Bullets

Bullets penetrate differently based on their design. Choosing the right bullet that corresponds with the desired shot placement improves efficiency.

As I continue to get to know more and more hunters and shooters, I realize just how basic most folks’ working knowledge is about rifles, ballistics, projectiles, etc. The magazines and internet are full of suggestions, pros and cons and some actual field performance reports. It can be confusing. The following are some tips about how to know which bullets to choose.

An honest self-examination must take place. Firstly, where do you like to shoot your game animals? Location is just as important as bullet performance. If you’re a “behind the shoulder” type, most any soft bullet will penetrate the ribs and expand in the vitals. If you are an “in the shoulder” type, a thicker-jacketed bullet would be more reliable due to its increased penetrative abilities.

As the accompanying graphic shows, not all bullets are the same. Collected by myself or close friends from game animals or test media, you can see various bullets perform in various different ways.

Growing up, I constantly was brow-beaten with the two schools of thought. The first school of thought believed that ideal bullet performance occurred when a lighter bullet penetrated to the vitals and fragmented, theoretically expending all its energy within the animal. The second school of thought was that one should load a heavy bullet that would penetrate the extent of the chest cavity, exiting the off side, theoretically causing more rapid hemorrhaging via both the entrance and exit wounds.

Neither are wrong in this case if your chosen bullet is compatible with your idea of perfect shot placement. Lighter, higher-velocity bullets with thin jackets seldom penetrate in heavy, bone dense areas such as the front shoulder. A bullet that splatters on the outside of the shoulder will not provide any kind of mortal wounding, merely lesions in the skin and underlying tissue, leaving your game animal free to escape.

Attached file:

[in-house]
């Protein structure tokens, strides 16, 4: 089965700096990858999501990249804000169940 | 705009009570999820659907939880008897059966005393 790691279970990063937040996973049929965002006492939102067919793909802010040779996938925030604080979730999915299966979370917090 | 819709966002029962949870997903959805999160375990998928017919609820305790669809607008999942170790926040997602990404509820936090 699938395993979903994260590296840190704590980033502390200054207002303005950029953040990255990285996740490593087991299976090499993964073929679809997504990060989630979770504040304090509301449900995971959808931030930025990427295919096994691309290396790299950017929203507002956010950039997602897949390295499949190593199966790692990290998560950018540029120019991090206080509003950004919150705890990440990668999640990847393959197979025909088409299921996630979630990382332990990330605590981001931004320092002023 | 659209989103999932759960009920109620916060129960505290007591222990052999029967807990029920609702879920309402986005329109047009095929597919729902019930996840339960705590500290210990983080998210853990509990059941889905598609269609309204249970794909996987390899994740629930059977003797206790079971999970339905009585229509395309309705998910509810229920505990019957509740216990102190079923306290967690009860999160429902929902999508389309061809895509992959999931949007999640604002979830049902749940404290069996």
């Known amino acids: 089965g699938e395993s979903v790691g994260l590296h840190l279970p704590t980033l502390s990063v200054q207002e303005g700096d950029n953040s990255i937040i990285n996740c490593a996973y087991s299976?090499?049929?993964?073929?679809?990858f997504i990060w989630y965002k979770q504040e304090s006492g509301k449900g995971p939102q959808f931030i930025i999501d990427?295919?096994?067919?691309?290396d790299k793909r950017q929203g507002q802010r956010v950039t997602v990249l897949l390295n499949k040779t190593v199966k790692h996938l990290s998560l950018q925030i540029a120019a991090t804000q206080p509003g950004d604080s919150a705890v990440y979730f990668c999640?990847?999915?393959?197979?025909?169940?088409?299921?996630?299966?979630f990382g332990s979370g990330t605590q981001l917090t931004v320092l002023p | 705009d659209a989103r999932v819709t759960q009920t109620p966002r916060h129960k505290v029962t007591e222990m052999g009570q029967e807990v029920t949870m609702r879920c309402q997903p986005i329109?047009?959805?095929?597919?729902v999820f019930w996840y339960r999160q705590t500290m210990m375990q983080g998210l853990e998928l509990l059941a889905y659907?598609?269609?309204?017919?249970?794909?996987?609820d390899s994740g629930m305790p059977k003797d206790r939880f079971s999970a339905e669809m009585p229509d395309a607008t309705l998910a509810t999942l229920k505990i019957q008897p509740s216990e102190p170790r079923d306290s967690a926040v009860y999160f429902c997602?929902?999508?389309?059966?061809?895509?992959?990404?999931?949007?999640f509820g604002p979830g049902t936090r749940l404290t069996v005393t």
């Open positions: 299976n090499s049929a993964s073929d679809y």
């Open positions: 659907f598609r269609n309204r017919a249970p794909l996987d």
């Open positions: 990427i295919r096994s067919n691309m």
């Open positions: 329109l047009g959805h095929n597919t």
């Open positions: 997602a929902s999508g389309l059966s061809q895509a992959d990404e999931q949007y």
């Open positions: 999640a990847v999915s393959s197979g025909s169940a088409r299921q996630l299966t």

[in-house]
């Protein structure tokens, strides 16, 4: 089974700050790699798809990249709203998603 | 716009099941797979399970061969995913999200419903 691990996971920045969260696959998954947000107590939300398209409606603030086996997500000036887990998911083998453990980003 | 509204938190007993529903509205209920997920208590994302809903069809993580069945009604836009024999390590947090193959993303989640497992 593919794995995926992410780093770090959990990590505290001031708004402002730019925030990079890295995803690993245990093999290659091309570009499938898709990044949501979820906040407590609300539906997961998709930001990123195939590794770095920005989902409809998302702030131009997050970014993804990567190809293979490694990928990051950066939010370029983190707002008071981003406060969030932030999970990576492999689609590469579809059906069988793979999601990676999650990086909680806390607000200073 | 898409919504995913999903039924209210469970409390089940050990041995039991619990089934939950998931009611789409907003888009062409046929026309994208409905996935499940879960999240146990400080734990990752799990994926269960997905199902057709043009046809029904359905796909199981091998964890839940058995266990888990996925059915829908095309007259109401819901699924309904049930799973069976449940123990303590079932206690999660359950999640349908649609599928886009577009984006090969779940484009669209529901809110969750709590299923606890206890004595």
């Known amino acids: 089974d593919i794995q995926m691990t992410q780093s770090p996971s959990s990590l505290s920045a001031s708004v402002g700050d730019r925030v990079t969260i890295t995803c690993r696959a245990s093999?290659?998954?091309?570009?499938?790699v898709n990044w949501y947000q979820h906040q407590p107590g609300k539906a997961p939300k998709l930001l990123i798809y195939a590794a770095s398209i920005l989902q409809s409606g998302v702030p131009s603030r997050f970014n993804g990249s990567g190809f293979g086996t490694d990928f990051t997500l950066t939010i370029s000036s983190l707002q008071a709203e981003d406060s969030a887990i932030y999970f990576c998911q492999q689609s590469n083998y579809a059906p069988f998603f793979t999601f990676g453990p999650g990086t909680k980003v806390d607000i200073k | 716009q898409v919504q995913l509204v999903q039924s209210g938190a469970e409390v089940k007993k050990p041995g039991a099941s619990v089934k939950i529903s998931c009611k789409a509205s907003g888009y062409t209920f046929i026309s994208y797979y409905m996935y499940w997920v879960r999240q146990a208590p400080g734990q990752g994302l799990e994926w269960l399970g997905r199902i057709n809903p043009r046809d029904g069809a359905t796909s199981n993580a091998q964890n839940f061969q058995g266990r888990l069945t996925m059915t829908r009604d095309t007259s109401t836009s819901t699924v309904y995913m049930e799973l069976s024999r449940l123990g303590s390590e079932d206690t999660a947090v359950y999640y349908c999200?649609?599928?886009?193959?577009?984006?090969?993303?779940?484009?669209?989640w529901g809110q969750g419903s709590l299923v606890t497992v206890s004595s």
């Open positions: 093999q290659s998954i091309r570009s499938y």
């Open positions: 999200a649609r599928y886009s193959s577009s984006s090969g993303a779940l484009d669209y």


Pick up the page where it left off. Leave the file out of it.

Likewise, heavier, thicker-jacketed bullets need greater resistance for positive expansion. Thinner tissues such as the ribs do not provide much resistance, and these heavier bullets commonly pass right through without providing much shock. This will still result in the death of your game animal, but they may cover 100-200 yards before piling up.

The over-the-counter “Power Points and Core-Lokts” are very basic bullets and feature soft core, thin jackets designed to expand in minimal resistance. The “bonded core and monometals” are engineered to retain weight and require much more resistance for their expansion. Some efforts have been made over the years to combine the quick upset and deep penetration bullet theories with mixed results.

Each kind of bullet will be effective on our intended quarry if we pay attention to shot placement. Whatever your idea of perfect performance might be, there are likely several bullets out there that would fit the bill, provided you’re using an appropriate caliber for your intended game. If you do experience bullet failure, consider your shot placement — likely as not, you’re using the wrong kind of bullet for your desired shot placement. My advice to you is once you’ve found a bullet that works, stick with it. As the old saying goes, “If it ain’t broke, don’t fix it.”

What’s your go-to bullet? Email us at shootingthebreezebme@gmail.com.

Dale Valade is a local country gent with a deep love for handloading, hunting and shooting.

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